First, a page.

8 great novels set in Montreal

If reading Bone and Bread has inspired you to read more novels set in "La Belle Ville", check out our list of 8 more fantastic books set in Montreal.

One of our Cityline Book Club‘s favourite things about our current pick, Saleema Nawaz’s Bone and Bread, is how wonderfully she captures the city of Montreal in her writing. From language politics to bagel shops, Nawaz’s setting was so detailed and beautifully realized, that sometimes it felt like there were four main characters in the novel: Beena, Sadhana, Quinn, and Montreal. If reading Bone and Bread has inspired you to read more novels set in “La Belle Ville”, check out our list of 8 more fantastic books set in Montreal. (The starred picks were suggested by Nawaz herself!)

Mordecai Richler, The Apprenticeship of Duddy Kravitz: While all of Richler’s Montreal-set stories would be perfect picks for this list, we’re partial to his fourth novel, which takes place in Montreal during the 1940s and focuses on issues of race, religion, and class.

* Heather O’Neill, Lullabies for Little CriminalsMontreal is the backdrop for O’Neill’s hard-hitting tale about Baby, a 12-year-old girl who becomes a prostitute and heroin addict at a young age after the death of her mother and abandonment by her father.

Zoe Whittall, Bottle Rocket HeartsSet in the months leading up to the 1995 Referendum in Montreal, this critically-acclaimed queer coming-of-age story features themes of self-discovery, the development of personal identity, and the craziness of being in love.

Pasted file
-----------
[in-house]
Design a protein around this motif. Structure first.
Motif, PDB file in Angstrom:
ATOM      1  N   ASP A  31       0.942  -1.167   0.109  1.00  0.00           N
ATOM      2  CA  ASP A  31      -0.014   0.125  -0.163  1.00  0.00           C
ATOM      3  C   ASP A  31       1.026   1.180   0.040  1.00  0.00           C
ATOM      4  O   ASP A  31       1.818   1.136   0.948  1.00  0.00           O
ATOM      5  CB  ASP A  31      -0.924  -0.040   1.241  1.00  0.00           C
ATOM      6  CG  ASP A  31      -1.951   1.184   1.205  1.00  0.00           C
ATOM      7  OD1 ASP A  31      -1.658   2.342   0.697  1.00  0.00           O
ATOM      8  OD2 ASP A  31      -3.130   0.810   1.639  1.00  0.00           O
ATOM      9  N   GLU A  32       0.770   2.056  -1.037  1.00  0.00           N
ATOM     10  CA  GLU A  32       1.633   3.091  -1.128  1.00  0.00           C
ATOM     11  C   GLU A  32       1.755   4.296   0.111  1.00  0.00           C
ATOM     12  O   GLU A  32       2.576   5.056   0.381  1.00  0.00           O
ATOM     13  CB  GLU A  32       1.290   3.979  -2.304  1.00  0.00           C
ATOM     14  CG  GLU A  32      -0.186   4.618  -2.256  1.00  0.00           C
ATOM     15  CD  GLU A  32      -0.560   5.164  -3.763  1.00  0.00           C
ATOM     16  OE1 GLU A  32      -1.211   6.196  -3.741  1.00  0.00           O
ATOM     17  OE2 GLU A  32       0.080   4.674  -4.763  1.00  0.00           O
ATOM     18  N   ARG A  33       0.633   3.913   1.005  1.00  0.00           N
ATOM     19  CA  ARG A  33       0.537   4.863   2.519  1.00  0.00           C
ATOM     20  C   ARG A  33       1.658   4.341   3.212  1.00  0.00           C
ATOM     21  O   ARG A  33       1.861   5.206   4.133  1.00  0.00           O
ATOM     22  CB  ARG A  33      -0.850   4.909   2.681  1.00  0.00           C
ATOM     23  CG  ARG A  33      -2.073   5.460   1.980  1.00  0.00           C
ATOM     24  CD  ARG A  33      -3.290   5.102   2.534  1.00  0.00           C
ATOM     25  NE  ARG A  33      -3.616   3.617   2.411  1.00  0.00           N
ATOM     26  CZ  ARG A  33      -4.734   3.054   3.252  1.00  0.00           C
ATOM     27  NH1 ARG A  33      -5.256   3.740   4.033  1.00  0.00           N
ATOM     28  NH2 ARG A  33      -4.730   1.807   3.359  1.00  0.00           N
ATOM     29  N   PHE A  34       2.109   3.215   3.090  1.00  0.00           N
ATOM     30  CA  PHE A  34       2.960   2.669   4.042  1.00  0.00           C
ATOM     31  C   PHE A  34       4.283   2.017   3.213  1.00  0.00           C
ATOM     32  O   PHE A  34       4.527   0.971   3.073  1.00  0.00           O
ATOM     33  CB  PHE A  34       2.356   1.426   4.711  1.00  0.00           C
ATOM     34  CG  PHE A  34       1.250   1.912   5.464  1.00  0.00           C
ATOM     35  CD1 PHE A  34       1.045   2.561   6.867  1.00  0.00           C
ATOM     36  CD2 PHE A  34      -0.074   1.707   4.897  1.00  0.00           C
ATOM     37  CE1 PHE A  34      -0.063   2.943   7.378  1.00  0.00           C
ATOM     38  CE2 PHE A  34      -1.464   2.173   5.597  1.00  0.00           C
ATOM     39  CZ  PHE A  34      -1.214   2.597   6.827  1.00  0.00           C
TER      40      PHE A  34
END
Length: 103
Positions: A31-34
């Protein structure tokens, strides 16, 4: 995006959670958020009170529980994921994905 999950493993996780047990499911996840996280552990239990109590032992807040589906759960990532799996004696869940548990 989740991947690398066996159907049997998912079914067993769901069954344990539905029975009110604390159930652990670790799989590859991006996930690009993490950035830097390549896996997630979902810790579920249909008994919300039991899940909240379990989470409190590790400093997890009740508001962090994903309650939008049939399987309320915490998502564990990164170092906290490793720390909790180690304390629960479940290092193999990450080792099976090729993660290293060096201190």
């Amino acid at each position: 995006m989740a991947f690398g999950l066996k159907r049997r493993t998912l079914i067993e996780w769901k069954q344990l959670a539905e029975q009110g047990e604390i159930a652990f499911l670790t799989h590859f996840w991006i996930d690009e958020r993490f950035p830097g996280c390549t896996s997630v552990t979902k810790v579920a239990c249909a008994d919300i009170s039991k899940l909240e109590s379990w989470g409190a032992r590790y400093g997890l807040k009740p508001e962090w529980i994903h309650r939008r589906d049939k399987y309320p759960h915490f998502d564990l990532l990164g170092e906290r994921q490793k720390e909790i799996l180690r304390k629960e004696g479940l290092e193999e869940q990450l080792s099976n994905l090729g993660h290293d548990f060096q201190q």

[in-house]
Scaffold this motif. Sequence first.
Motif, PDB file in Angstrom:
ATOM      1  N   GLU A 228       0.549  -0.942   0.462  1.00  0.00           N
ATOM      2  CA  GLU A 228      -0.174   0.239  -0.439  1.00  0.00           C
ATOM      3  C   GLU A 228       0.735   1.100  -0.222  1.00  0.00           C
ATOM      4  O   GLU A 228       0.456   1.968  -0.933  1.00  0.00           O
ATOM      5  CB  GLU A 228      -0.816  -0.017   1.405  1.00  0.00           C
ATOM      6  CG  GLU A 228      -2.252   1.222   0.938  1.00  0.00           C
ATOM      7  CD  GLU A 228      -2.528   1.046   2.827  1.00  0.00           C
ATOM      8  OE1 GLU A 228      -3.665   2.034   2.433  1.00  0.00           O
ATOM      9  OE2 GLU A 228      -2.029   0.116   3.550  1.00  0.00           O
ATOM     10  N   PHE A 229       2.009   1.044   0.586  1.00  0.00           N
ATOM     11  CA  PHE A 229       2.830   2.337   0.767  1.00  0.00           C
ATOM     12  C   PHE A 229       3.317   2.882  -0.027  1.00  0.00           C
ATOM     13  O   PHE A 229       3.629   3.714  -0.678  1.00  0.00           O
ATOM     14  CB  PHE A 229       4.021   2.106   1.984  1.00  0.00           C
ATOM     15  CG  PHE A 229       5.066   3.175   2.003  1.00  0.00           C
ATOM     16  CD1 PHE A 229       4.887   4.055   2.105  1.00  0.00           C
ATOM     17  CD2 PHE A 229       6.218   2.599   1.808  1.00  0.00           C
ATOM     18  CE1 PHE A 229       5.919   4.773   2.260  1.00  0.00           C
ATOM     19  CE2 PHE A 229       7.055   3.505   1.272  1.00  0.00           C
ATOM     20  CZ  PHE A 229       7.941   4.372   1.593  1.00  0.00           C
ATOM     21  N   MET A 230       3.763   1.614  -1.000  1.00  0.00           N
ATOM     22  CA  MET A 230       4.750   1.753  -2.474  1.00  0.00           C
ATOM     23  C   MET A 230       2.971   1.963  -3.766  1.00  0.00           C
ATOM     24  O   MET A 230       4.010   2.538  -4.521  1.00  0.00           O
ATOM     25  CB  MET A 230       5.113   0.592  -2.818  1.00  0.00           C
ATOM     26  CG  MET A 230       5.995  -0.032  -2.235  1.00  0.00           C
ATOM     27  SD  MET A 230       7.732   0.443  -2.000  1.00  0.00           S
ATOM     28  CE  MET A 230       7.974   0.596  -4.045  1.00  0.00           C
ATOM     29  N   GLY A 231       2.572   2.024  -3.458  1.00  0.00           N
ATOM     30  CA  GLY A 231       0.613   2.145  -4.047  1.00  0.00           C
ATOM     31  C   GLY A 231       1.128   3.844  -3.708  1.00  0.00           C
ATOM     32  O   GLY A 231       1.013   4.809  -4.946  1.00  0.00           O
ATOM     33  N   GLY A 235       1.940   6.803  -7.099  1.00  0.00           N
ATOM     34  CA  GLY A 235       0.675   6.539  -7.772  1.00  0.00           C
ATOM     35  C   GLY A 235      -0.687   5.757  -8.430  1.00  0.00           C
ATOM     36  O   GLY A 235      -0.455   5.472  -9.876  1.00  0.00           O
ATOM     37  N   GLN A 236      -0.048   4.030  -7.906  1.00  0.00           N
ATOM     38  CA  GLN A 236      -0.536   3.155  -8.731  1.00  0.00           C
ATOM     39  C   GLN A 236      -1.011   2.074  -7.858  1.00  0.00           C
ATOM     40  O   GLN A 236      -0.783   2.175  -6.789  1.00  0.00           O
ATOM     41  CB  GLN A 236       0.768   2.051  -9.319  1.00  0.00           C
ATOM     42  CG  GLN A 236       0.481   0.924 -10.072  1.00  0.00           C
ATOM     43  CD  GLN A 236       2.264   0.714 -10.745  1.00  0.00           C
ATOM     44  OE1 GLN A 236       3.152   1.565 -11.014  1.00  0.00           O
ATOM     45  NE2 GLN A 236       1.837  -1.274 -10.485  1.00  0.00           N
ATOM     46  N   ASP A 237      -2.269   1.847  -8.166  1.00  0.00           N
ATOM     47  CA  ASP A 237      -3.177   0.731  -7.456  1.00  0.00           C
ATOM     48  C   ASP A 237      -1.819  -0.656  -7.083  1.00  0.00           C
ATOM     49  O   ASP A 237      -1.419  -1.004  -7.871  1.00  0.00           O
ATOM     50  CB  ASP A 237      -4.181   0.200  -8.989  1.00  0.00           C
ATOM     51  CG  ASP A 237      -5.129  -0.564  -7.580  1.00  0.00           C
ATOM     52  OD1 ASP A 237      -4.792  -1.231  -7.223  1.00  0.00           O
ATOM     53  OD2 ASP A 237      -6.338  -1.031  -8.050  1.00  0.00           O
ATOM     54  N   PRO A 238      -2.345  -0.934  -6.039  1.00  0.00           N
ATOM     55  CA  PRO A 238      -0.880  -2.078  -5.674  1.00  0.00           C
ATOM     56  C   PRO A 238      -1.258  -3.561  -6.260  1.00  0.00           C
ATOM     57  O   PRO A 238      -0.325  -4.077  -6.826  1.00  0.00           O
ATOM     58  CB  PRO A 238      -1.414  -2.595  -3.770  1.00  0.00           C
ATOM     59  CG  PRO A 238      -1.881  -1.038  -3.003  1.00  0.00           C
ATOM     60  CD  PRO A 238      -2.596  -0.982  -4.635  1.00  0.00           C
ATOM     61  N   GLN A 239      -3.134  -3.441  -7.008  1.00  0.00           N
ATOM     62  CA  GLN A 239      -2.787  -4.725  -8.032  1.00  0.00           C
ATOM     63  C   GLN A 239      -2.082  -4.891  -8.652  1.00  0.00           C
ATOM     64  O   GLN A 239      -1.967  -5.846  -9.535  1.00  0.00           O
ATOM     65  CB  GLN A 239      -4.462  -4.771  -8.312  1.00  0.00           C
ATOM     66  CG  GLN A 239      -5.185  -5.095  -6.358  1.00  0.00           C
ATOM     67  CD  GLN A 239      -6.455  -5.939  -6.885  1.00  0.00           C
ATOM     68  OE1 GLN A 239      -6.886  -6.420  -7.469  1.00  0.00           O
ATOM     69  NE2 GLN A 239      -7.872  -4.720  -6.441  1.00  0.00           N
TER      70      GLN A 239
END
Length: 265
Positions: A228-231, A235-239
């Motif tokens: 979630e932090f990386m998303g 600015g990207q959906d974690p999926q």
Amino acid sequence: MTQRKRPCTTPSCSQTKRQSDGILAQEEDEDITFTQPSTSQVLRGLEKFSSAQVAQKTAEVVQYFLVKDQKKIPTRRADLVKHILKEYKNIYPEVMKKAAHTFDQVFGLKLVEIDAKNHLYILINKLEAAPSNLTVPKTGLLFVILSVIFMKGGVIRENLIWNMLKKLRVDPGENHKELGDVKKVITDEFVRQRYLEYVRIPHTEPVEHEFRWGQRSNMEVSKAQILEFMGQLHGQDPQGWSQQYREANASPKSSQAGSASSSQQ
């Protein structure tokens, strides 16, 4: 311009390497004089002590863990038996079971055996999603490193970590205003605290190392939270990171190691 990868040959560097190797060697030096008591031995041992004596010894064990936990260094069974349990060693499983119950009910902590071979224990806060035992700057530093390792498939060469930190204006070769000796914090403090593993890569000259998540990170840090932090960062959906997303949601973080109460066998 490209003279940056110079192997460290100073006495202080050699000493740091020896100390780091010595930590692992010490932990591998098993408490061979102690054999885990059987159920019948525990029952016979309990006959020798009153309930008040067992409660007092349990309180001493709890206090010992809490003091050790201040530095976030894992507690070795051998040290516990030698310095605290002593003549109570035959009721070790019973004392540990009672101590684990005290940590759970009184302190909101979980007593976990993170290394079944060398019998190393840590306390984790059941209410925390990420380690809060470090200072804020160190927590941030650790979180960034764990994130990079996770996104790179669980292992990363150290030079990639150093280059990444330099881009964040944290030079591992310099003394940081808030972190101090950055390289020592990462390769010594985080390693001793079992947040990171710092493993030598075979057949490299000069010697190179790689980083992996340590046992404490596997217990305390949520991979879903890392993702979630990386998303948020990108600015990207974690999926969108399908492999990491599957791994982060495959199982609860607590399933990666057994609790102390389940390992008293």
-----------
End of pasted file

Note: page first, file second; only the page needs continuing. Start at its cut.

Gabrielle Roy, The Tin Flute: This Classic Canadian novel (originally published in French as Bonheur d’occasion) focuses on a poor family living in the Saint-Henri slums of Montreal in 1940, and is regarded as a key novel in laying the foundation for Quebec’s Quiet Revolution in the 1960s.

* Alice Zorn, ArrythmiaSet during the height of Y2K paranoia, this debut novel follows the intertwined lives of five Montrealers as they navigate the complex relationships in their lives.

* Rawi Hage, CockroachThis critically-acclaimed dark comedy follows an immigrant man who moves to Montreal from the Middle East and struggles to accept the poverty he is forced into there.

Emily St. John Mandel, Last Night in Montreal: Love, amnesia, and the nature of obsession run throughout this gritty debut novel that is, naturally, set in the city named in its title.

*Gwethalyn Graham, Earth and High HeavenThis winner of the 1944 Governor General’s Literary Award for Fiction is a story of human relationships, focusing on a couple who is confronted by racial intolerance.

Have you ever read a novel where the setting was so well described that you felt like you were right there, too? Tell us about them in the comments!

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I’ve just finished the book, Echo from Mount Royal, which takes place in Montreal in 1952-3. The novel vividly recreates that period of time in Montreal after WWII. A brief synopsis from the cover:
A girl, Rebecca Wiseman, is from a working class, Catholic-Jewish family in Outremont. A chance meeting with Sol Gottesman, the handsome son of a wealthy Westmount businessman, begins an affair fulfilling the romantic dreams she’s always had. His wealth introduces her to a world of upper-class privilege she’s never known. But when class, sexual inexperience and family secrets test their love, Rebecca struggles to control events with humor and compassion. When the couple visits a cabin in the Laurentian Mountains, a shocking revelation changes her life forever.
The character of Rebecca – ambitious, stubborn, trustful and forgiving – comes alive as she learns that life is not always what it seems. It’s a coming-of-age story with an unexpected twist. A great read for a women’s reading group.

March 02, 2015 at 6:55 pm

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